Each of your puppy’s heritage is what makes a good breeder great! If you breed pedigree dogs, your buyer most likely wants to know about the previous generations. You may have already given them the family tree before they come to pick the pup up, but you definitely should add it to the puppy pack.
If your dog is registered with any registry (e.g., Kennel Club, ISDS), you may ask these organizations for an official pedigree certificate. If not, you can make it yourself on Word.
Dog's Registration Certificate
Only litters registered with official institutions (National Breed Clubs, Kennel Clubs, Working Dog Clubs, etc) will have a registration certificate, usually with its unique registration number. The basic one being the Kennel Club registration form, but if you are breeding crossbred dogs, you may not be able to register your puppies in these. It is your job to know which associations and federations, dogs from your specific breed can be registered with.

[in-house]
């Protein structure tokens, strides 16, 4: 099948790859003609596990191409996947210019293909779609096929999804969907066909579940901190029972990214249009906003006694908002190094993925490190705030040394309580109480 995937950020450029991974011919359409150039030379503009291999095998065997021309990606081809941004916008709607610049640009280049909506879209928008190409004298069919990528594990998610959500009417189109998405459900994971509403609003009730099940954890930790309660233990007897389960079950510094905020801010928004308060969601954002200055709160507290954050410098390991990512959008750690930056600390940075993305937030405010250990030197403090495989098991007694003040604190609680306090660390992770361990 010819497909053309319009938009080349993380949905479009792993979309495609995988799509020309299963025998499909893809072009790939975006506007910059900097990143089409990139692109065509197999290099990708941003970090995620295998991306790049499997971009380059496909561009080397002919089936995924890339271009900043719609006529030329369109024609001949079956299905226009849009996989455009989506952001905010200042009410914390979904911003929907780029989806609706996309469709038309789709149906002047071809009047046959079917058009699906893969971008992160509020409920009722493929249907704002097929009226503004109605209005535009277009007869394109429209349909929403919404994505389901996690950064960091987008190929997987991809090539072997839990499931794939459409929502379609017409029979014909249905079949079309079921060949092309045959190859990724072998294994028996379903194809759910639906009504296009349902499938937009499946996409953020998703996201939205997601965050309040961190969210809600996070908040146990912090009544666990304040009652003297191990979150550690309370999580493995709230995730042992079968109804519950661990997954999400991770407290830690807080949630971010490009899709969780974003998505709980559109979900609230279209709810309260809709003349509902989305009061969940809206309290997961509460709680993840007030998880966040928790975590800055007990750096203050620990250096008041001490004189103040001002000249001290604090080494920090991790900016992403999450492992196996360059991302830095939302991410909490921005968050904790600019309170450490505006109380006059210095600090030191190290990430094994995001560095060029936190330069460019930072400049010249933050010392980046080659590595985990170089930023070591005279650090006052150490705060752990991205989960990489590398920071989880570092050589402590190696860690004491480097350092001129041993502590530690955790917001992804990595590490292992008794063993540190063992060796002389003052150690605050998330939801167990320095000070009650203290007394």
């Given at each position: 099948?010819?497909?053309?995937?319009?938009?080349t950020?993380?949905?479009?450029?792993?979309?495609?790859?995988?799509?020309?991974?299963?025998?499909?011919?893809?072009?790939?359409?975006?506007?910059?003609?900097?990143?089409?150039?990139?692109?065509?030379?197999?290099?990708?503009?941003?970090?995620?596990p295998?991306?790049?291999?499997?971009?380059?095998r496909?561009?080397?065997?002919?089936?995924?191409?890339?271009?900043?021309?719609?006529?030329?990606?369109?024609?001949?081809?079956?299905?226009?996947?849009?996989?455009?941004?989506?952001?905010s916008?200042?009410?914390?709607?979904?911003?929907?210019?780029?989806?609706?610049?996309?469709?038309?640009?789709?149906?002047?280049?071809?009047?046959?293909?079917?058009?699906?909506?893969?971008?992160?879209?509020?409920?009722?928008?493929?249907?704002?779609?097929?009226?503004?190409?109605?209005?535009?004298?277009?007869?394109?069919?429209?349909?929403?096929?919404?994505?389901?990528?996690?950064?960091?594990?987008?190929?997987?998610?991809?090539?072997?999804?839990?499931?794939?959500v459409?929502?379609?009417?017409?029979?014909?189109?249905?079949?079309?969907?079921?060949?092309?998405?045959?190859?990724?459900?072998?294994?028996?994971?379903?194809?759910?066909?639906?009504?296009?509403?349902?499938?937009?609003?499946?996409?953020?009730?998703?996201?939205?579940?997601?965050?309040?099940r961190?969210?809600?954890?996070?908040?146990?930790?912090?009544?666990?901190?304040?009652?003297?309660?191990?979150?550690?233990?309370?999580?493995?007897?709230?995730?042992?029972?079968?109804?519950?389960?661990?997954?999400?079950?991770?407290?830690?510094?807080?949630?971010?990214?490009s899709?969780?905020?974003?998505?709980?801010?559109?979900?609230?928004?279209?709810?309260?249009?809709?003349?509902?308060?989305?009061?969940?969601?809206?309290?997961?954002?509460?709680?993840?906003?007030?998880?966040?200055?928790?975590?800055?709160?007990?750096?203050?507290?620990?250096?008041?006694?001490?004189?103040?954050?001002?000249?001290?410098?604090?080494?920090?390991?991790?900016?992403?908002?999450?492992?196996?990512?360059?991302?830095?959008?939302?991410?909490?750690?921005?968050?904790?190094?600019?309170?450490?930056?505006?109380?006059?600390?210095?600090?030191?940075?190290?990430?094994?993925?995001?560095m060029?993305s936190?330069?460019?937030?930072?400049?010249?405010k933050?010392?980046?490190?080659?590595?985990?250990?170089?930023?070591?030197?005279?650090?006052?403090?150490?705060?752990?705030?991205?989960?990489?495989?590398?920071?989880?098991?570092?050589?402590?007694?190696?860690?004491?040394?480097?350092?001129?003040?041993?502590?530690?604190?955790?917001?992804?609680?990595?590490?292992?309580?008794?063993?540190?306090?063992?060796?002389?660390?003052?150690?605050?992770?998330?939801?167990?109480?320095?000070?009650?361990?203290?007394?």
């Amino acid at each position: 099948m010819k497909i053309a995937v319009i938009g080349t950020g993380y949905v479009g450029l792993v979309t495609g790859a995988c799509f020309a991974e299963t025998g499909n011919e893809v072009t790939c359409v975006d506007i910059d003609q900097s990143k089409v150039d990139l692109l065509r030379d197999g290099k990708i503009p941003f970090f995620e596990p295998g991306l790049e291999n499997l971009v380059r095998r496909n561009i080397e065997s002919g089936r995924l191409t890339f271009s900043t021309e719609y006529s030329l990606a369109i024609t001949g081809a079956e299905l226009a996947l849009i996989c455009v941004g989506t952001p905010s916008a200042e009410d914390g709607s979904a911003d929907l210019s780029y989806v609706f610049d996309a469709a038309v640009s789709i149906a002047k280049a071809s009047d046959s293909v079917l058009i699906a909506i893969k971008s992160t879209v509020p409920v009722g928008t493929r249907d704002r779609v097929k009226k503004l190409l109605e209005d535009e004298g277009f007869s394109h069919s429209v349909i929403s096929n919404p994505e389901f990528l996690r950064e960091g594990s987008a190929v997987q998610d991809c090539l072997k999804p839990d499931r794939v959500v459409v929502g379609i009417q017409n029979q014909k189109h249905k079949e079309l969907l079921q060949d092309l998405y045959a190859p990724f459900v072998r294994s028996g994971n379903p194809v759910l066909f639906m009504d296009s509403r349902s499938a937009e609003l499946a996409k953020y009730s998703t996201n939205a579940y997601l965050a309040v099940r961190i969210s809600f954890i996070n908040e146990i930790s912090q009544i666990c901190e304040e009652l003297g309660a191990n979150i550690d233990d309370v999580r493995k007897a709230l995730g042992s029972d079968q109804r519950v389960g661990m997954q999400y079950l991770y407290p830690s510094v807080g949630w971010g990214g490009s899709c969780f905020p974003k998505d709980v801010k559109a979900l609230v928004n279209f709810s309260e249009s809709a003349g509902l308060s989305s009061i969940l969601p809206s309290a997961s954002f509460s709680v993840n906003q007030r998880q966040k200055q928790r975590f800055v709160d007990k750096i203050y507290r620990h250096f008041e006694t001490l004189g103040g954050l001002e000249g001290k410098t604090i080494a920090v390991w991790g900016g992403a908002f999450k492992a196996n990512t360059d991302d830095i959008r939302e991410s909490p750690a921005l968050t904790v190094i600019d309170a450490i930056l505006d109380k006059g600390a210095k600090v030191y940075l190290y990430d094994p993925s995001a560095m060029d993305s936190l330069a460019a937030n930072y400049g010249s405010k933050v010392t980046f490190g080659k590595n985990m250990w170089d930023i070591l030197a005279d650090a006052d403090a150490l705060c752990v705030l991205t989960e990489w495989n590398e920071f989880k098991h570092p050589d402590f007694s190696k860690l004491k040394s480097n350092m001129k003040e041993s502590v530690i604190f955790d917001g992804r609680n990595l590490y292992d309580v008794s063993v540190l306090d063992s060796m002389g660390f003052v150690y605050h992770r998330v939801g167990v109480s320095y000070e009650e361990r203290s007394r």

For example, if you are breeding Border Collies for herding, you will value a registration with the International Sheep Dog Society a lot more than with the Kennel Club. If you are breeding a designer dog breed, you may want to register your dog with American Canine Hybrid Club. However, be extremely careful as many “Clubs” are simply here to cash in on registration fees and have no real added value for registered dogs and breeders.
Identification of Your Dog
Requirements in terms of dog identification vary for each country. Lately, most western countries are turning to a mandatory microchipping of each dog with the owner keeping the identity papers. Some countries, like the United Kingdom, require that every dog in a public place wears a collar with the name and address of the owner inscribed on it or a plate or badge attached to it.